From Catastrophe to Recovery: Stories of Fishery Management Success

Restoration of Lake Trout in Lake Superior through Interagency Cooperative Management

Michael J. Hansen and Charles R. Bronte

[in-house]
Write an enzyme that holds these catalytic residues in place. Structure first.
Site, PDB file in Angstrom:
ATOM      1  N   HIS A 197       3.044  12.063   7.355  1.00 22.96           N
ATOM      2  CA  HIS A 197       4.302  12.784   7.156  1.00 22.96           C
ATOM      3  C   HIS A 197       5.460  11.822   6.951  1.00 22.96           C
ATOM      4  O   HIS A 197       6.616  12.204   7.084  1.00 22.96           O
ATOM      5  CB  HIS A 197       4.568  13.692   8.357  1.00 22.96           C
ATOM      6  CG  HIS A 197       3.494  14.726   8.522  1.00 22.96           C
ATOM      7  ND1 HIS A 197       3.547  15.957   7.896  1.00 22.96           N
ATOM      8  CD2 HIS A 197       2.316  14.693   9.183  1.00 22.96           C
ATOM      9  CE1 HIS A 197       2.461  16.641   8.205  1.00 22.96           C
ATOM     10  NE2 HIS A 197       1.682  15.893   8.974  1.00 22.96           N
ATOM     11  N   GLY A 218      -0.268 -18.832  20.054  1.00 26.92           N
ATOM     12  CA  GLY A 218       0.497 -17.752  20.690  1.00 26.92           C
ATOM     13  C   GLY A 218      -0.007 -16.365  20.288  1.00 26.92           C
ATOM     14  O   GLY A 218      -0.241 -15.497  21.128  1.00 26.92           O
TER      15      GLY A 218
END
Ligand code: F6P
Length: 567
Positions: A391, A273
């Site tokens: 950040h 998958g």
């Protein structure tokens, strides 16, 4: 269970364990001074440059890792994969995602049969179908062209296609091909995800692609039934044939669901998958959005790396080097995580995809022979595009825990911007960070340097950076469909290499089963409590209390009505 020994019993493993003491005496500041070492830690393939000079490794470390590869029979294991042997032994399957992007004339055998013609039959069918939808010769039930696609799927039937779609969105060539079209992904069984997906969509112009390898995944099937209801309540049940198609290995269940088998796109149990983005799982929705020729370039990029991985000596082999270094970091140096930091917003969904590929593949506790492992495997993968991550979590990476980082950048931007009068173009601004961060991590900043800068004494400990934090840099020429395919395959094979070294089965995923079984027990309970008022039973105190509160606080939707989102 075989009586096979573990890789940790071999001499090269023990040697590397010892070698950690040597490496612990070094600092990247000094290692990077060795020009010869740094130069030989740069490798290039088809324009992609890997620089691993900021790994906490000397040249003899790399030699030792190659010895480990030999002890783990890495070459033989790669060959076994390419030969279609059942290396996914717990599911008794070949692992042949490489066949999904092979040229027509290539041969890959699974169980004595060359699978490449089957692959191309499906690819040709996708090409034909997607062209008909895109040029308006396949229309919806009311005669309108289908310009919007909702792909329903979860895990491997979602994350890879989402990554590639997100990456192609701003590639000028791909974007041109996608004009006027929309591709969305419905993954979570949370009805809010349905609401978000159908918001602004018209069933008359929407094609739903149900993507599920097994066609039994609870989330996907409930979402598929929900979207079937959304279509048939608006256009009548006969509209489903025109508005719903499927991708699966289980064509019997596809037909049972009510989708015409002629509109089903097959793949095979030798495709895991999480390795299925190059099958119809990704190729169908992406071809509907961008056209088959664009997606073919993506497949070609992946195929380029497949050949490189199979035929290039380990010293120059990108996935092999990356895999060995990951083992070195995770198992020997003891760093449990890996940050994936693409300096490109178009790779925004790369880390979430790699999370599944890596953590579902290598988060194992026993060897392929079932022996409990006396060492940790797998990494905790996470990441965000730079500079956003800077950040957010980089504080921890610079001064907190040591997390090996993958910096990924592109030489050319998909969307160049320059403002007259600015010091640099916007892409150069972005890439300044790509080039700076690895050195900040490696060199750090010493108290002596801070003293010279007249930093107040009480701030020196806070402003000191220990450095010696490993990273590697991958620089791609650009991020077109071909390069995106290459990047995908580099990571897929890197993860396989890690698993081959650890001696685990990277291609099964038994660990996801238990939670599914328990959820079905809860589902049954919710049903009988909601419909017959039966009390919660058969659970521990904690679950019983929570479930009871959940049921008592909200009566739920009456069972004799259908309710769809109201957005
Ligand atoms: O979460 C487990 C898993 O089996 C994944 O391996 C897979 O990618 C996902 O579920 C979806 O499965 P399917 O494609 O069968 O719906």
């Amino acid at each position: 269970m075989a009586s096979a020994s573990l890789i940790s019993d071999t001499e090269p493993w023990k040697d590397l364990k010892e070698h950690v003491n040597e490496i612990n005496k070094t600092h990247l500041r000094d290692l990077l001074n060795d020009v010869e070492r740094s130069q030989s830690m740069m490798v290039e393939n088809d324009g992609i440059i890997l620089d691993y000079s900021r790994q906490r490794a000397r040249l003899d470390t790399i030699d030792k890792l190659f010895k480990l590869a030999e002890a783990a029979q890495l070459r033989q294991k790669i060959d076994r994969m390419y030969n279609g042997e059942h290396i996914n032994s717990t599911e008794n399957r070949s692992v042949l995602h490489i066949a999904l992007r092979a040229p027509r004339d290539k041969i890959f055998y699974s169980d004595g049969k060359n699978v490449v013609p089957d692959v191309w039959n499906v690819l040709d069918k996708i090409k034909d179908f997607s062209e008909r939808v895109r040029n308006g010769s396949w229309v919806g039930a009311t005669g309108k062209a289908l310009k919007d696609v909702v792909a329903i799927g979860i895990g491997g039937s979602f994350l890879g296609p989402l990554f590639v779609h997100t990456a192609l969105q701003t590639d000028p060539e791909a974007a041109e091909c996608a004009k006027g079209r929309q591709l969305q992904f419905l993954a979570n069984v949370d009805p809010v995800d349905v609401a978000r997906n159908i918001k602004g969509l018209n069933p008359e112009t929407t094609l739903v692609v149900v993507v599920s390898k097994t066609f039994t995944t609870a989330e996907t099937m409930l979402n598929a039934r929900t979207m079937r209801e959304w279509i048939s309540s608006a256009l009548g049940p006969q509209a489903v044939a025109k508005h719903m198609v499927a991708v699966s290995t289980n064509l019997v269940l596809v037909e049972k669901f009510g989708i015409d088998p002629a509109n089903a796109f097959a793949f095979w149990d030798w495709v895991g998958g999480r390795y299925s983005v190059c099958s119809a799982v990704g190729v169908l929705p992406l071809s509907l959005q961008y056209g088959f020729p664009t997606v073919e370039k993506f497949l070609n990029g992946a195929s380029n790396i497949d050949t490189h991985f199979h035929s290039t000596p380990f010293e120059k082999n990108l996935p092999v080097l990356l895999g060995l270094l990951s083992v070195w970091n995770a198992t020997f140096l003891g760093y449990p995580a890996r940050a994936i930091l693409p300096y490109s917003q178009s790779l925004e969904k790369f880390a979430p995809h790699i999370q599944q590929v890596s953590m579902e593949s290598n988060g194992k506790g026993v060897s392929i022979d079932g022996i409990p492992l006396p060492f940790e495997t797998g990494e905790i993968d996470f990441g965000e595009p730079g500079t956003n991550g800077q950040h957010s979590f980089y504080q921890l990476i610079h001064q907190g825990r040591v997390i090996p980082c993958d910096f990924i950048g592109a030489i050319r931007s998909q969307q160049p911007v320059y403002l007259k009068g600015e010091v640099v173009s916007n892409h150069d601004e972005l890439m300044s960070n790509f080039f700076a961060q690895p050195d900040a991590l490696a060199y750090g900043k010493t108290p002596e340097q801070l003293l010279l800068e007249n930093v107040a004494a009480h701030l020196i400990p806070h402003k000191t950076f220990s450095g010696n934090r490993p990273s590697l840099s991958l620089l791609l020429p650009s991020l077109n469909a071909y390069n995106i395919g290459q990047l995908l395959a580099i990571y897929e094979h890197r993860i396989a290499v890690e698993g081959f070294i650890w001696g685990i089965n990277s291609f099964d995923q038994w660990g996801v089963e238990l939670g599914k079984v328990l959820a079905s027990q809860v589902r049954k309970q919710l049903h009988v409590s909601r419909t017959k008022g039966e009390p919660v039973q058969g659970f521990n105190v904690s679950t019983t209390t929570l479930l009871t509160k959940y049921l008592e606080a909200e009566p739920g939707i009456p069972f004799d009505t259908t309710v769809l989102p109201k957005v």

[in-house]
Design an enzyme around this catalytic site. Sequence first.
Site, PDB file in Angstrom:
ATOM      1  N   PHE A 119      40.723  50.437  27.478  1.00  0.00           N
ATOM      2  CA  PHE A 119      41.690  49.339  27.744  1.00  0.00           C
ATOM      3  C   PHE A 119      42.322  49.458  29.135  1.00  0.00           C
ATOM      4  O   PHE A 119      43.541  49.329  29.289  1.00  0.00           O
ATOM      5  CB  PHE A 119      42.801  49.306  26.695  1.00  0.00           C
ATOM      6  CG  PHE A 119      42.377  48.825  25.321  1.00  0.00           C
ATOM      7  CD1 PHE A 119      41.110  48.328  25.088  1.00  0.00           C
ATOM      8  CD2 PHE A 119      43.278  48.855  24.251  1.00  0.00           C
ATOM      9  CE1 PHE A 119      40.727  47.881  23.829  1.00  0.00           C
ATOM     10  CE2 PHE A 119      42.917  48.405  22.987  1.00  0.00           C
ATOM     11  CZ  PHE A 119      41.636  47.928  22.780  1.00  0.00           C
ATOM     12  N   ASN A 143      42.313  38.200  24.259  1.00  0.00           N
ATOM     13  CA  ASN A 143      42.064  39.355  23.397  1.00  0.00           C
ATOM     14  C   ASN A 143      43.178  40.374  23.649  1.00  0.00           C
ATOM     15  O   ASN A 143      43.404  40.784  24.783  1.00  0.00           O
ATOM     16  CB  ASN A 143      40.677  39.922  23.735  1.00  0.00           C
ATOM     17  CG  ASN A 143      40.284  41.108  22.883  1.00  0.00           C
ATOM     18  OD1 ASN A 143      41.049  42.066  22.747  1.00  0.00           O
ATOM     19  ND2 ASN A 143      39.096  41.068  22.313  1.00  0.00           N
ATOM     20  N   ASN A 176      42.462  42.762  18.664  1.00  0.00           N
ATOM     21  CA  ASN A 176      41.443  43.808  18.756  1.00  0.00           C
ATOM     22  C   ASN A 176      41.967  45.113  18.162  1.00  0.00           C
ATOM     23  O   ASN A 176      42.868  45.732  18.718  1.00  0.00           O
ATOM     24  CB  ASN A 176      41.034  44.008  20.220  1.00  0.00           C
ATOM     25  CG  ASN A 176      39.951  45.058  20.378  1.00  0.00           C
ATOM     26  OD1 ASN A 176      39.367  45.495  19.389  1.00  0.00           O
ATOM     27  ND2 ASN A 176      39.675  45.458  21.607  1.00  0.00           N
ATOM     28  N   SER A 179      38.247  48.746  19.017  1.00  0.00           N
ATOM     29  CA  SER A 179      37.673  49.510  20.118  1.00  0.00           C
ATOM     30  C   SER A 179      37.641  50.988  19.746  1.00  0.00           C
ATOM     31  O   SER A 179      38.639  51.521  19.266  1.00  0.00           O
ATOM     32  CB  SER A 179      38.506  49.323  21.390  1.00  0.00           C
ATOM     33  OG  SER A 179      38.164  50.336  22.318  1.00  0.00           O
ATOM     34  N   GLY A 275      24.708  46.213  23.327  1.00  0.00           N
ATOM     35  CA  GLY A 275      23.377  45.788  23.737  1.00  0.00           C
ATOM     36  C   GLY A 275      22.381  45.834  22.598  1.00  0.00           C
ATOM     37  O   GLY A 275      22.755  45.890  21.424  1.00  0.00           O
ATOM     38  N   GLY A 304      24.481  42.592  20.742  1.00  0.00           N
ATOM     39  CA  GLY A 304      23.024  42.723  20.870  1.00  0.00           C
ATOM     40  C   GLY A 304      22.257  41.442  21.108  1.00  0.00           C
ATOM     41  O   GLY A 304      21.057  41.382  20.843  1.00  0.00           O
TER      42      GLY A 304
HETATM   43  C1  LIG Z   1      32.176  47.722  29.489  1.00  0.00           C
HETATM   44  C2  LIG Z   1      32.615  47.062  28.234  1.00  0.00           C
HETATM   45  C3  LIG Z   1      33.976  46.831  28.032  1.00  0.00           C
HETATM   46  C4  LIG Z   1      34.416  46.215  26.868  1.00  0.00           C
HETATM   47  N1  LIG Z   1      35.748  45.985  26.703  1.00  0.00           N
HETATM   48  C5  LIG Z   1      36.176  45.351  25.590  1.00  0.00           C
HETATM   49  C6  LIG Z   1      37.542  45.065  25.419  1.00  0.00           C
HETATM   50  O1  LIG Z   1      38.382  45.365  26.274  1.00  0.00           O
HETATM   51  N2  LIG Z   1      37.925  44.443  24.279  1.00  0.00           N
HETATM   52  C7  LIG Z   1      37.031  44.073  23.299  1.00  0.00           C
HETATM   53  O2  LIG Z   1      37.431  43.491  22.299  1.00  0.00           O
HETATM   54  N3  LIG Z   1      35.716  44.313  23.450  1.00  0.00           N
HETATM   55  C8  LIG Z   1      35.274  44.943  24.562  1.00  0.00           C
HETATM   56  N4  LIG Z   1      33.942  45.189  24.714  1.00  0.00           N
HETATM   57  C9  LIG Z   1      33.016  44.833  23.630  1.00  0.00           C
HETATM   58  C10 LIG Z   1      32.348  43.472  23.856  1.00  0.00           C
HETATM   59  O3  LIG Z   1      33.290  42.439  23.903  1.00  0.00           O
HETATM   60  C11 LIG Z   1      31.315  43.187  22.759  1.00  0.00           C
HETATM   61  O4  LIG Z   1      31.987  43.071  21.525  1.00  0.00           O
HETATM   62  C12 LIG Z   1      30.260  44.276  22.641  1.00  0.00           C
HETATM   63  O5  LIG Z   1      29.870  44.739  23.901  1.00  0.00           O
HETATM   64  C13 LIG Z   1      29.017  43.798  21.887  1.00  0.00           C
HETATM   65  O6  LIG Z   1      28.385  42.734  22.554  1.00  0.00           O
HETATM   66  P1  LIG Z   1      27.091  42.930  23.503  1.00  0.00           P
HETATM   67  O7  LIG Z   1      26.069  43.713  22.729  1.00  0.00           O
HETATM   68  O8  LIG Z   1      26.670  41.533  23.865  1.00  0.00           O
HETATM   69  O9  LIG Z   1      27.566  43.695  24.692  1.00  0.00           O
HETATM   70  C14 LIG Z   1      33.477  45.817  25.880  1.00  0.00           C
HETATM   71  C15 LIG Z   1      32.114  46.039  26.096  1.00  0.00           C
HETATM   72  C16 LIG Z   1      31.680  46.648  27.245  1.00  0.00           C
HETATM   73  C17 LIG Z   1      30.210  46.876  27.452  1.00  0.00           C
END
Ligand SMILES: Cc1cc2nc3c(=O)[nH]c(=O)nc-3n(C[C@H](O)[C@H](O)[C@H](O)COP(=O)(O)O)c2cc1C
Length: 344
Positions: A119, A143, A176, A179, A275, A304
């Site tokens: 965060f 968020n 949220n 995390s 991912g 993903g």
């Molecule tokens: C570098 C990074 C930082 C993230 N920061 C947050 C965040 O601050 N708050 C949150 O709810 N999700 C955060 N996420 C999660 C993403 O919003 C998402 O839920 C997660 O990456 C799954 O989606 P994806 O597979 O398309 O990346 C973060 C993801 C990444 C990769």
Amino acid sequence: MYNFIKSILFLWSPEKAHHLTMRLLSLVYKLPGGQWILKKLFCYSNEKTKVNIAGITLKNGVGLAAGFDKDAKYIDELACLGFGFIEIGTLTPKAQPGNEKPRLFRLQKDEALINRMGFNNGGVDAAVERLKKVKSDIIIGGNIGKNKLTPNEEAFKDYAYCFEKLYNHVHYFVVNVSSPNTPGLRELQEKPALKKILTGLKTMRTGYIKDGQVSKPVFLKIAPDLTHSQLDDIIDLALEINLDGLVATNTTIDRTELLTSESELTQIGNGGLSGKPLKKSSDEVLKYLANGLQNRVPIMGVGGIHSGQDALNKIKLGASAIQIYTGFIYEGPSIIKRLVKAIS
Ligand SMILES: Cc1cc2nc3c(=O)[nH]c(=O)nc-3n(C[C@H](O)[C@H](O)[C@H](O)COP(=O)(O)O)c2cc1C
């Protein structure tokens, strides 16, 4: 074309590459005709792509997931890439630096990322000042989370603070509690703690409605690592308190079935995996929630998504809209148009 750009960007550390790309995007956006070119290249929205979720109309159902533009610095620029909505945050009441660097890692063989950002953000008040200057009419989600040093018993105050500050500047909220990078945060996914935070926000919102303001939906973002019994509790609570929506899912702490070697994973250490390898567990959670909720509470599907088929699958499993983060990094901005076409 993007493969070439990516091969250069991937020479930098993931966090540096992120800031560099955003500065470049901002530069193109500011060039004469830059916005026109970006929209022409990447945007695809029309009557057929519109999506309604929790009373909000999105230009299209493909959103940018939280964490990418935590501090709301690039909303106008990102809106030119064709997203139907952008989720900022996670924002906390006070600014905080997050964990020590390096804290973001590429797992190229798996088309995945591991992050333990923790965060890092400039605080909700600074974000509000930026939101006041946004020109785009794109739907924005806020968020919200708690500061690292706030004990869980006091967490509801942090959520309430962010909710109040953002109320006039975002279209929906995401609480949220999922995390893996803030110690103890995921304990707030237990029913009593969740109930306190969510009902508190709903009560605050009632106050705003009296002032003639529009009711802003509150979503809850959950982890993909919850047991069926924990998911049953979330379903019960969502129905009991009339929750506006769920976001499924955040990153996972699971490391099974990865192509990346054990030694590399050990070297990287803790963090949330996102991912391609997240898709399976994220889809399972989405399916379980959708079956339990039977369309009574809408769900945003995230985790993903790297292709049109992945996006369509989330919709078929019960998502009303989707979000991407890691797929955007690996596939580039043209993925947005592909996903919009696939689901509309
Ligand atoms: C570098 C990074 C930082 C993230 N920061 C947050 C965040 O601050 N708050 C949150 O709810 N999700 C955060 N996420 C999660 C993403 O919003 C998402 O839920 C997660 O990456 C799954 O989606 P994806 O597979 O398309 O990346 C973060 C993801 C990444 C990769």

Abstract.—The Lake Trout Salvelinus namaycush is a keystone species in the Laurentian Great Lakes that supported valuable fisheries throughout the basin until the 1950s. However, Lake Trout populations declined to near extirpation in nearly all of the lakes by the 1960s because of the combined effects of overfishing, Sea Lamprey Petromyzon marinus predation, and habitat degradation. To restore self-sustaining Lake Trout populations in Lake Superior, state, provincial, federal, and tribal agencies agreed to an interjurisdictional management framework that allowed them to articulate and institute (1) clear and common goals and actions for recovery, (2) early and intensive lakewide stocking of hatchery-reared Lake Trout to enhance failing stocks, (3) early and effective lakewide controls on mortality caused by Sea lampreys and fisheries, and (4) standardized lakewide evaluations of population trajectories and performance. Stocking was initiated in Lake Superior in 1950 and expanded after 1953, prior to effecting Sea Lamprey or fishery controls, thereby introducing large numbers of hatchery-origin fish that grew to maturity shortly after mortality was reduced. Abundant suitable nearshore spawning habitat was widely available for naive lean hatchery-origin Lake Trout, and native lean Lake Trout persisted in some areas. The Sea Lamprey-selective pesticide TFM (3-trifluoromethyl-4-nitrophenol) was applied first in Lake Superior in 1958 because of the presence of remnant native Lake Trout populations, which set the stage for closure of fisheries and good survival of newly stocked and remnant wild fish. As a consequence of these four factors, stocked fish exceeded historical density of wild fish by the 1980s in many areas and thereby generated enhanced reproductive potential when combined with remnant wild fish. Lake Trout recovery in Lake Superior is an extraordinary example of agency cooperation toward a common goal for managing recovery of an ecologically important shared resource.